Health Corner

Patient experiencing ACL pain in left knee.


Last month we talked about minor overuse injuries of the knee in young people, and how they can be managed. Today we are going to talk about the mother of all knee injuries, the ACL tear. ACL tears are unfortunately common amongst netballers and other sportspeople, especially young Australian ones. In fact, Australians undergo ACL repair more per capita than citizens of any other country in the world. This is probably to do with the fact that our main sports are all pivoting, twisting and 360 degree sports (netball, AFL football, soccer, basketball, etc).

We all have some pre-conceptions about ACL injuries; I’m going to list a few common ones right now:

  1. Needs surgery to repair the torn ligament, the sooner the better
  2. Probably needs 12 months out of sport
  3. Needs extensive ongoing rehabilitation
  4. Possibly never be able to return to pivoting sports (netball, football, basketball etc)

What if I told you that only one of those four listed ‘facts’ were true? Which one would you guess it was? If you guessed number three, you win a prize*!

silver medal
Even if you guessed wrong, you're still a winner in my eyes!

I would imagine that every person reading this knows someone, either personally or via friends or family, that has injured their ACL and underwent surgery to fix it. I hate to break it to you, but that person may have put themselves through a painful, potentially costly, and likely unnecessary procedure for no reason other than “well that’s what you do for ACL tears”. As a physiotherapist, I (perhaps naively) like to believe that all modern medicine is based on solid science, and that medical procedures would be studied thoroughly for effectiveness and safety before being implemented on a broad scale. You would imagine my dismay, then, when I learned that there are no studies that show Anterior Cruciate Ligament Repair (ACLR) to be more effective than rehabilitation alone. In fact, the one Randomised Controlled Trial (RCT) study (one!?) comparing ACLR to rehabilitation alone showed similar outcomes with respect to pain, symptoms, function, return to sport levels, quality of life, subsequent meniscal tear and surgery rates, and radiographic knee osteoarthritis (OA) prevalence. I imagine the orthopaedic surgeon who published that paper may not have had many dinner invitations from his peers since!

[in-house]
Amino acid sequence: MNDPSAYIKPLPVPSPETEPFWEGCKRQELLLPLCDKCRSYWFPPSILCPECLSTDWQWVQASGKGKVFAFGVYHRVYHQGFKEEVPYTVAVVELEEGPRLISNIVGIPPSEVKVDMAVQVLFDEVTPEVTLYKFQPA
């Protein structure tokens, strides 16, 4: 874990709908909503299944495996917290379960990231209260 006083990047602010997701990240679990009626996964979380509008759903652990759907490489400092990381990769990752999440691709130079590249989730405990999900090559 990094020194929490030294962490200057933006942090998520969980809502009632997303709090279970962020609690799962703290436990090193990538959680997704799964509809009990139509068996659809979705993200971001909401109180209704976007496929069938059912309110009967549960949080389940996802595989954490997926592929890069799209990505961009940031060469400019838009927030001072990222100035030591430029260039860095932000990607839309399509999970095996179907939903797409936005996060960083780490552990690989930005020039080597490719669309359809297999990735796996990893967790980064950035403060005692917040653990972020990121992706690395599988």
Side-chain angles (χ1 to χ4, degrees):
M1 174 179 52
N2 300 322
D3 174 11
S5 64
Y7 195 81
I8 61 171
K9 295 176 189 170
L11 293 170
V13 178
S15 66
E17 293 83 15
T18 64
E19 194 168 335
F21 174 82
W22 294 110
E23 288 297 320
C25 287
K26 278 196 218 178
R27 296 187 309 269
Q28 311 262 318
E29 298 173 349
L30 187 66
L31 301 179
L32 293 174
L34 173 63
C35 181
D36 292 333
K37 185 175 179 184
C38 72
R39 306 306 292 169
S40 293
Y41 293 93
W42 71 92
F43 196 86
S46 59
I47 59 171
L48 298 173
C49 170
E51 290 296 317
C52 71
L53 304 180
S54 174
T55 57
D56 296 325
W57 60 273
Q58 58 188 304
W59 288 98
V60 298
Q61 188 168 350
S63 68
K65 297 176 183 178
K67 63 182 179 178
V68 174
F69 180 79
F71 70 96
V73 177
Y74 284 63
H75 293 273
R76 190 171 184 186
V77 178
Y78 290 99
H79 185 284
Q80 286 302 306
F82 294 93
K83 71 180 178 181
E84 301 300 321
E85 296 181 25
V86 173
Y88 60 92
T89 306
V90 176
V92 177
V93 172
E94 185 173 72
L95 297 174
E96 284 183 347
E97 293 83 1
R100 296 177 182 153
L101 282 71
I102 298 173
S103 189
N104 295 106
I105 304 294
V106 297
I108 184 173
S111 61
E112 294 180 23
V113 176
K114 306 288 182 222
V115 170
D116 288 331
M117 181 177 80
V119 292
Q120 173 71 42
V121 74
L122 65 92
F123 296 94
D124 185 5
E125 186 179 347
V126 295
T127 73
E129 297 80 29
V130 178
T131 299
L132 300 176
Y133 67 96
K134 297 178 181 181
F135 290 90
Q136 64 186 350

Furthermore, there is no data to show that non-repaired ACL tears prevent return to type I (pivoting and cutting) sports. One case study described how an English Premier League soccer player returned to play 8 weeks after a full thickness ACL tear, and was able to play with no long-term issues. There are other elite sportspeople who have played at the highest level with ACL-deficient knees, including DeJuan Blair, who played basketball in the NBA with a grand total of zero ACLs in his body (i.e. he had fully ruptured his ACL in both knees, and played over 450 games of basketball at the highest level without repairing them). There are others; Tiger woods, and Aussie snowboarder Jess Rich, who competed in the winter olympics just one month after tearing her ACL. Mindblowing!

basketball player shoots the ball
No ACL, no problem!

In short, it seems our Anterior Cruciate Ligaments are not so crucial after all. All of this is not to say that ACL repairs may be warranted in some circumstances, but prognostic factors for pain, function, quality of life and return to sport have been shown to be better in those who delay their reconstructive surgery, or elect not to have the surgery at all, versus those who have surgery within the first 10 weeks of injury. Re-rupture of the repaired ACL and rupture of the opposite knee ACL are also higher amongst people who undergo early repairs, when compared to those who have delayed repair, and the outcomes are even better in those who don’t have surgery at all.

If you, or someone you know, has damaged their ACL and is planning to undergo surgery to repair it, let them know that there is another way; a way that can have them back to sports without surgery, in potentially far less than 12 months. 

Sometimes, it may feel like there is pressure from doctors and surgeons (and even physios) to have your ACL repaired as soon as possible, but it is definitely worth your time to chat to a physio at LifeForce to get their opinion, and take control of your own destiny! (Yes I am aware that that sounds corny, and I am perfectly OK with that!)

Call 8289 2800 to make a physiotherapy appointment at LifeForce health solutions at Golden Grove, to see what one of our experienced and friendly physiotherapists can do to help with your sport-related condition. You can also visit our website at to take advantage of our new online booking system!


* The prize is knowing that you are smarter than the average bear 🙂



Filbay, S., Roos, E., Frobell, R., Roemer, F., Ranstam, J. and Lohmander, L., 2017. Delaying ACL reconstruction and treating with exercise therapy alone may alter prognostic factors for 5-year outcome: an exploratory analysis of the KANON trial. British Journal of Sports Medicine, 51(22), pp.1622-1629.

Frobell, R.B., et al., Treatment for acute anterior cruciate ligament tear: five year outcome of randomised trial. BMJ : British Medical Journal, 2013. 346.

Weiler, R., et al., Non-operative management of a complete anterior cruciate ligament injury in an English Premier League football player with return to play in less than 8 weeks: applying common sense in the absence of evidence. BMJ Case Reports, 2015. 2015: p. bcr2014208012.